nantly as the doubly deprotonated bi-citrate anion (2
-CO0- groups), is also present as the fully deproto-
nated species with 3 -CO0-
react with the mineral surface or dissolved species.
Effects of OA on feldspar dissolution have been
reported to increase with increasing number of car-
boxyl functional groups (-COOH) (Huang and
groups available to
at pH 6
mono -- pk = 4.8
H3C H3c4"C~0 -
Acetic acid Acetate anion
p,, =1., % ,,o
OH I pk= = 4.6 -- o/C - C"O -
H-- C- H,/~'-I Pkl = 3.1
NO_ C._~OVH [ "
p, = 4.8
Pk3=6. 5 HO--~--
H- C- Hc~o -
Fig. 3. Schematic structu:ral formulas, speciation, and acid dissoci-
ation constants (pK=) for selected carboxlyic acids, pK= values
are at 75°C for acetic and oxalic acids (Kharaka et al., 1988) and
50°C for citric acid (Weast, 1984).
CItrnte (mM~ Ovadlile (mM~
o.o, ~ ~ "=:';2z
0.00 ...... , • " . = . - . . . . . , .....
0.3 0.4 0.5
Fig. 4; Stoichiometry of Si and A1 release from orthoclase. Dashed
vertical line represents quartz saturation in the acetate buffer
Kiang, 1972; Surdam et al., 1984; Reed and Hajash,
1992). The effect of protonation on the capacity of
organic acids to promote feldspar and quartz dissolu-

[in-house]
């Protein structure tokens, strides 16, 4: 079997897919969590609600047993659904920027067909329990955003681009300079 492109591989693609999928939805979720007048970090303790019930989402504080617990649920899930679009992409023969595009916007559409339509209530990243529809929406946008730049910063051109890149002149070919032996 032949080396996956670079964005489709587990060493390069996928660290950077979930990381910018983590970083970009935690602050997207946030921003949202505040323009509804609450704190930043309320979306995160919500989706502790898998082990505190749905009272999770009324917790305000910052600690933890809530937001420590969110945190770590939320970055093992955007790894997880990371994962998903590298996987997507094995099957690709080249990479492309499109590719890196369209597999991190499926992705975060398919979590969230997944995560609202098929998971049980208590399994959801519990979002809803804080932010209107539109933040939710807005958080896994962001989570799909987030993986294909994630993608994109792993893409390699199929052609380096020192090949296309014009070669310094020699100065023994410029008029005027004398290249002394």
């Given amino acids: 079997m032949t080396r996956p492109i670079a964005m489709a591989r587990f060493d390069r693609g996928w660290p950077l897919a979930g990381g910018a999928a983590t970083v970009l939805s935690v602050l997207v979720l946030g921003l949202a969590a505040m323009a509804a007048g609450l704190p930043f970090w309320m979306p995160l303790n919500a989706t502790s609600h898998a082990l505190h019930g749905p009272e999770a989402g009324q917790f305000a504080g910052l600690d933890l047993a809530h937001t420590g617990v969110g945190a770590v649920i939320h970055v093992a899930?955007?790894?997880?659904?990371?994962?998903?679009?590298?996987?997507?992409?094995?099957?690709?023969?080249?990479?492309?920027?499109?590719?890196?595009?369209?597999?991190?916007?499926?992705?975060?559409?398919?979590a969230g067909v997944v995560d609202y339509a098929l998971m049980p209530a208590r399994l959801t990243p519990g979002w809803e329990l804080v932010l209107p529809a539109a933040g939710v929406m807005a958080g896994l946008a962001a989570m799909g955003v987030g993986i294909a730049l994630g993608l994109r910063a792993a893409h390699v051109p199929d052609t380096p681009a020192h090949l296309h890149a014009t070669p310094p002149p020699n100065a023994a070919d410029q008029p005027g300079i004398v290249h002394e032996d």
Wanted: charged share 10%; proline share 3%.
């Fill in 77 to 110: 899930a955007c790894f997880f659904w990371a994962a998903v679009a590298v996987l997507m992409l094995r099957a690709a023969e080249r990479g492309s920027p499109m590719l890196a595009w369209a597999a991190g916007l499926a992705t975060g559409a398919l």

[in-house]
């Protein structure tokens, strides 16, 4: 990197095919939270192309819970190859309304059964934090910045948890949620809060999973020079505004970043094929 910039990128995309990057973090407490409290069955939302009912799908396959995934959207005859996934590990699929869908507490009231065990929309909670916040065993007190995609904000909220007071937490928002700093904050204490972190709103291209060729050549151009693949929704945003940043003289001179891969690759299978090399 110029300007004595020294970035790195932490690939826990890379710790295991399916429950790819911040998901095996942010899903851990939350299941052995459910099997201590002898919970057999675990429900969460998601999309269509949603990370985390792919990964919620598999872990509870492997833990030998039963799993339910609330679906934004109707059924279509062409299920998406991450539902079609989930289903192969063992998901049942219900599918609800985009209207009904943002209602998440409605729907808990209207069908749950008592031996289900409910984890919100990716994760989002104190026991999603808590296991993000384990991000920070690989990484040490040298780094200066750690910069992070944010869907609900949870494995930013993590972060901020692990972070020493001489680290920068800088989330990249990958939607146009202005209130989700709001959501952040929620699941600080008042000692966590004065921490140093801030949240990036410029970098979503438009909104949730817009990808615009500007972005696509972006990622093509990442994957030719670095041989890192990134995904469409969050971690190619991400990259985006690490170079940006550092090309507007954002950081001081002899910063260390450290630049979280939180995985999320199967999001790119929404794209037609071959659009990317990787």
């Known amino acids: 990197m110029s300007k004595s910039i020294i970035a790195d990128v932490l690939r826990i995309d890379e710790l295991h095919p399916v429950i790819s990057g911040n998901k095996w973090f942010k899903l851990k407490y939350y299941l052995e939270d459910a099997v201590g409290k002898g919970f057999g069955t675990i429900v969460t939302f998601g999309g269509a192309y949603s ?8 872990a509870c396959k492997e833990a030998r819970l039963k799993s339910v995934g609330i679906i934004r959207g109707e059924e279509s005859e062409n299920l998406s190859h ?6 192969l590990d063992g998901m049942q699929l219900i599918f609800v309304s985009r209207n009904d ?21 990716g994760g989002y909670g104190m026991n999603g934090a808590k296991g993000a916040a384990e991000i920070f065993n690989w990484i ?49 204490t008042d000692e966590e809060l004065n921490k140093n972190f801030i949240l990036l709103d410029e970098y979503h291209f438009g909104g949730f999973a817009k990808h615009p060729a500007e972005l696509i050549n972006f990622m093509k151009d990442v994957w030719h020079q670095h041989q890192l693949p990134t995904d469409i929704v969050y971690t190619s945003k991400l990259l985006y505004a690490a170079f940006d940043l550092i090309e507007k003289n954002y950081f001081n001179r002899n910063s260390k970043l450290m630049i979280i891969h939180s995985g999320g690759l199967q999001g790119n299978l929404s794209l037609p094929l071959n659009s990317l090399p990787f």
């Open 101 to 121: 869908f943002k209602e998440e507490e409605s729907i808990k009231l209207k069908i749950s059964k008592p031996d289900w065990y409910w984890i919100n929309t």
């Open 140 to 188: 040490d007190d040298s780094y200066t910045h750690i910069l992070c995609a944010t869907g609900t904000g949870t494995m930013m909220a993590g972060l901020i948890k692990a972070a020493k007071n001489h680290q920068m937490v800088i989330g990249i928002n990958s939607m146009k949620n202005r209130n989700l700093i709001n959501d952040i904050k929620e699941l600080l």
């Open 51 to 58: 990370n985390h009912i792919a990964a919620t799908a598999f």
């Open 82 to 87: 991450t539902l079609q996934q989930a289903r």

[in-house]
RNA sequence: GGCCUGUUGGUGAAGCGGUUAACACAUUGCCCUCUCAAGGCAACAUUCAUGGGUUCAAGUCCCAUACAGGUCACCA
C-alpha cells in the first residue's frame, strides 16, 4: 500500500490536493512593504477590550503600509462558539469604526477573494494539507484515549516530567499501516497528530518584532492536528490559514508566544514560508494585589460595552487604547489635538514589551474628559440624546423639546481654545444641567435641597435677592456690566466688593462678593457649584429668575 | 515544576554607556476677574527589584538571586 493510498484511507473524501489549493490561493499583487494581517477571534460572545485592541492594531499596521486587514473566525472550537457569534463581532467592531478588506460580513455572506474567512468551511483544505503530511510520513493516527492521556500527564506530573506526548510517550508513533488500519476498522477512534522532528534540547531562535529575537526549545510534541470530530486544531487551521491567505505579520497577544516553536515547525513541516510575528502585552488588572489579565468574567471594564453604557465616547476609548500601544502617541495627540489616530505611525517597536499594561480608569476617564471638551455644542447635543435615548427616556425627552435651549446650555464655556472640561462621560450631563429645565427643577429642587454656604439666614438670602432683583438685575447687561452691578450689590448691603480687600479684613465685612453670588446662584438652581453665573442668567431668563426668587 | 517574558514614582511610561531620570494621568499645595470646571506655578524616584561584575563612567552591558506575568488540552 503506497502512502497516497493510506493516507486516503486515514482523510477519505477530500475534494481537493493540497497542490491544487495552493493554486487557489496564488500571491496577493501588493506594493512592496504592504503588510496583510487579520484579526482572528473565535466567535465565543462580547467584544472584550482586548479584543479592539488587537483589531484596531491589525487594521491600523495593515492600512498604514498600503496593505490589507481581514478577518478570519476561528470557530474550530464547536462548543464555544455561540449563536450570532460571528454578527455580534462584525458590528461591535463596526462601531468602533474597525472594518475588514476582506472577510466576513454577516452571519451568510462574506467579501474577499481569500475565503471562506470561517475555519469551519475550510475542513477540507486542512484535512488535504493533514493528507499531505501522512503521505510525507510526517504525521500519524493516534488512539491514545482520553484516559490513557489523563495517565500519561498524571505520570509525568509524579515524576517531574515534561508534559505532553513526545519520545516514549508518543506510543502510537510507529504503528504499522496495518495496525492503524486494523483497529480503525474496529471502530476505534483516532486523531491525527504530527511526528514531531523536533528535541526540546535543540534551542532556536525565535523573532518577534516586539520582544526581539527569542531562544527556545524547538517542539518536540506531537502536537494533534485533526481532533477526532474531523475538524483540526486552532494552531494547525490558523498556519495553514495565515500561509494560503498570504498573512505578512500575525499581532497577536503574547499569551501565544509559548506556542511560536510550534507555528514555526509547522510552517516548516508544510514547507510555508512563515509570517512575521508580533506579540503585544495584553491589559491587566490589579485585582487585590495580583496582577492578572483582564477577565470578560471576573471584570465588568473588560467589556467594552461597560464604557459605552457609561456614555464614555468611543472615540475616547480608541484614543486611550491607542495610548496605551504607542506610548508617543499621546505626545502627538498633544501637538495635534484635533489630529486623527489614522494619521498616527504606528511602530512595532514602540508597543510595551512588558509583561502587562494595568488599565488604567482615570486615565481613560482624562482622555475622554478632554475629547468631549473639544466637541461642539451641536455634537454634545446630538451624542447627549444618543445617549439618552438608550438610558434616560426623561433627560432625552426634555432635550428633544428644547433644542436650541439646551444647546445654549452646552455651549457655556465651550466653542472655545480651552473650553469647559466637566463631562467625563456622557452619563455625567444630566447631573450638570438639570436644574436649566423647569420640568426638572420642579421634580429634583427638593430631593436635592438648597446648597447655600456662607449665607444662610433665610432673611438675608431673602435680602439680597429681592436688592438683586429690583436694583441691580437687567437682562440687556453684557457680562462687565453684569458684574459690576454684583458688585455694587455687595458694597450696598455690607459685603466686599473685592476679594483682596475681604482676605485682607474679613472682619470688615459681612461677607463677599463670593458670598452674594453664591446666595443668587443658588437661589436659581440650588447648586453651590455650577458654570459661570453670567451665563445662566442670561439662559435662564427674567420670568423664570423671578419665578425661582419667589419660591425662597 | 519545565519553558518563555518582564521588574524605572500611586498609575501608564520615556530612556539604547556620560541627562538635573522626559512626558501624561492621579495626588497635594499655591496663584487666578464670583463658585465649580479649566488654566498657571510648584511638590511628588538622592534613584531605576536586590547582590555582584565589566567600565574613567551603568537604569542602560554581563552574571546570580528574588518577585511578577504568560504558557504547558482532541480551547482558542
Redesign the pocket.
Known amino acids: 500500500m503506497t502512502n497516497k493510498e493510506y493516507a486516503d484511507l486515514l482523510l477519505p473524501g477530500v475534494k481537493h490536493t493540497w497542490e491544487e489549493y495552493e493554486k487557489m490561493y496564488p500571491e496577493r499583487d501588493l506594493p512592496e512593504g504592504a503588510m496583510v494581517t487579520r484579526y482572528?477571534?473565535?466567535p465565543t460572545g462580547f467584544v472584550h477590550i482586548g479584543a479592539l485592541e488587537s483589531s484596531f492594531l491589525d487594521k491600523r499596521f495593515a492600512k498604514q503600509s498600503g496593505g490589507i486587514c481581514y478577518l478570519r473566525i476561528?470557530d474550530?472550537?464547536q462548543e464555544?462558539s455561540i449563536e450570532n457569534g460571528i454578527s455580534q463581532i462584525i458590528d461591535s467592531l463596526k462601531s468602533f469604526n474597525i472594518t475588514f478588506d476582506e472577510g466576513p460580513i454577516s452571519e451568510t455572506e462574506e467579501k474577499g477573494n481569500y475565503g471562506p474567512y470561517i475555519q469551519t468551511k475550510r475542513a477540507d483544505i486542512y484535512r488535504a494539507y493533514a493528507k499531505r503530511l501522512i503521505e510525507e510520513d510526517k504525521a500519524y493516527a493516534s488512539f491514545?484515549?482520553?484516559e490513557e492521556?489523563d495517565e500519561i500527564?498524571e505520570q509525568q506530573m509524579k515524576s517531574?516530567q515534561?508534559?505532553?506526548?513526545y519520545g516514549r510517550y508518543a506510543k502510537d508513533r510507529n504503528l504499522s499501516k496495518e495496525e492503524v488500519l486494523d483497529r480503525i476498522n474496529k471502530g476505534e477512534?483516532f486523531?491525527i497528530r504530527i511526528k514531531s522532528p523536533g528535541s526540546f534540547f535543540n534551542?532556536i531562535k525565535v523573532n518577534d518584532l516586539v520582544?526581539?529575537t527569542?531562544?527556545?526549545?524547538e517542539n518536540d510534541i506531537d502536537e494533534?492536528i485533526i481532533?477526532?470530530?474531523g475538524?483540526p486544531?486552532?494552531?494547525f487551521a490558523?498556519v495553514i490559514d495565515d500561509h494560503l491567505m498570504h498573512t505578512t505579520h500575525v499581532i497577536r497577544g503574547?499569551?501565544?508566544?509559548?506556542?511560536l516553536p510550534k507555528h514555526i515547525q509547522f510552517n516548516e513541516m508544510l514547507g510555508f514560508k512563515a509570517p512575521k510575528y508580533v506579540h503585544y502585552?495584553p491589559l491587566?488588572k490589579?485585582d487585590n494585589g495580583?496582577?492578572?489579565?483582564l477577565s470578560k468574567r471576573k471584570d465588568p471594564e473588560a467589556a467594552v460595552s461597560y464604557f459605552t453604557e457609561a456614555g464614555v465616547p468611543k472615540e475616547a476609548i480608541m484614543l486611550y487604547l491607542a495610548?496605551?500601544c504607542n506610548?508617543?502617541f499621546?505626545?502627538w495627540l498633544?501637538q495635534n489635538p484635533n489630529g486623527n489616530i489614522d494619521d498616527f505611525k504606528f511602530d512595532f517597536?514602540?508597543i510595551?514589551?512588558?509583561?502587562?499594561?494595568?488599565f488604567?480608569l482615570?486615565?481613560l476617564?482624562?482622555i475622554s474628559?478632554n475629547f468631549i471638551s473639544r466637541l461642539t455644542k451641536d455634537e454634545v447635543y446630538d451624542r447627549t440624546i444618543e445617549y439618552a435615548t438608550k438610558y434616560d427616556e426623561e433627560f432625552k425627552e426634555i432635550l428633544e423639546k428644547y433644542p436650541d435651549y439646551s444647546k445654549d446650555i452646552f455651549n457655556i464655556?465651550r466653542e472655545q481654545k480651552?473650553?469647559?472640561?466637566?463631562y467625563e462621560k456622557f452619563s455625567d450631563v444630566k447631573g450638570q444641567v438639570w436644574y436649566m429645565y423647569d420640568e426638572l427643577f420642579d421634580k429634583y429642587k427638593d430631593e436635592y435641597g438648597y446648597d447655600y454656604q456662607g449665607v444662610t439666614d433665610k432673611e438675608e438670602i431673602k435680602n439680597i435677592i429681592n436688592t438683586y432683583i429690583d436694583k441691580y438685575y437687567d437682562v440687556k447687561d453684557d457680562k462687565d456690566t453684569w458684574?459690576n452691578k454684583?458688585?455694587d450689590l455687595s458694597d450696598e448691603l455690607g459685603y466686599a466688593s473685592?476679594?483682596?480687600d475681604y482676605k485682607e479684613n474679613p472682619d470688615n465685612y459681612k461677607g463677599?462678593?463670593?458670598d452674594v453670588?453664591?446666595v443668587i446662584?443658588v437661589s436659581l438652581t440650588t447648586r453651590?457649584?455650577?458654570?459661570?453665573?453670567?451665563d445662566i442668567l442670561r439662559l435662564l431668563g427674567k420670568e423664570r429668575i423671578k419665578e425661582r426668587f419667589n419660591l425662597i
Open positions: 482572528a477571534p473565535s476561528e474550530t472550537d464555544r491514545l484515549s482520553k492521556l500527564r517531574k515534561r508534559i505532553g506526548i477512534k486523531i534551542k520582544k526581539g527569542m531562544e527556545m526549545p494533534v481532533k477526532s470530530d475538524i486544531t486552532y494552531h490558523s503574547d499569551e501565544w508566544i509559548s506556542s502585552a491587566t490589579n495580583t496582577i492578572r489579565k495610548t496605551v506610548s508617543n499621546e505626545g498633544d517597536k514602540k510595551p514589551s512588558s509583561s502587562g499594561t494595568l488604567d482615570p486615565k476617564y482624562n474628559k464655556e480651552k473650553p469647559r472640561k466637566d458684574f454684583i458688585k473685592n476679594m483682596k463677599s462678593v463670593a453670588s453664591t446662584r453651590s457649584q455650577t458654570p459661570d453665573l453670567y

tion cannot be firmly established due to differences
in the pH among different studies. However, Benoit
et al. (1993) showed that protonation of ligands
strongly affects their adsorption onto Al-oxides. More
work on the role of protonation in OA-promoted
aluminosilicate mineral dissolution is required.
3.3. Stoichiometry of orthoclase dissolution
Several studies have reported preferential release
of A1 from feldspar in the presence of OA (Welch
and Ullman, 1993; Franklin et al., 1994). In contrast,
we observed that Si and A1 were released stoichio-
metrically in oxalate and citrate solutions (Fig. 4).
Dissolution was incongruent in the acetate buffer
alone and in 0.5 m M oxalate. Solids recovered from
experiments with the acetate buffer alone had a
visibly "clumpy" aggregate texture viewed with the
unaided eye and secondary aluminosilicate precipita-
tion was substantiated by SEM examination and
EDS analysis (Fig. 5).
Equilibrium modeling of experimental solutions
approaching steady-state Si and A1 concentration
indicated that supersaturation with respect to several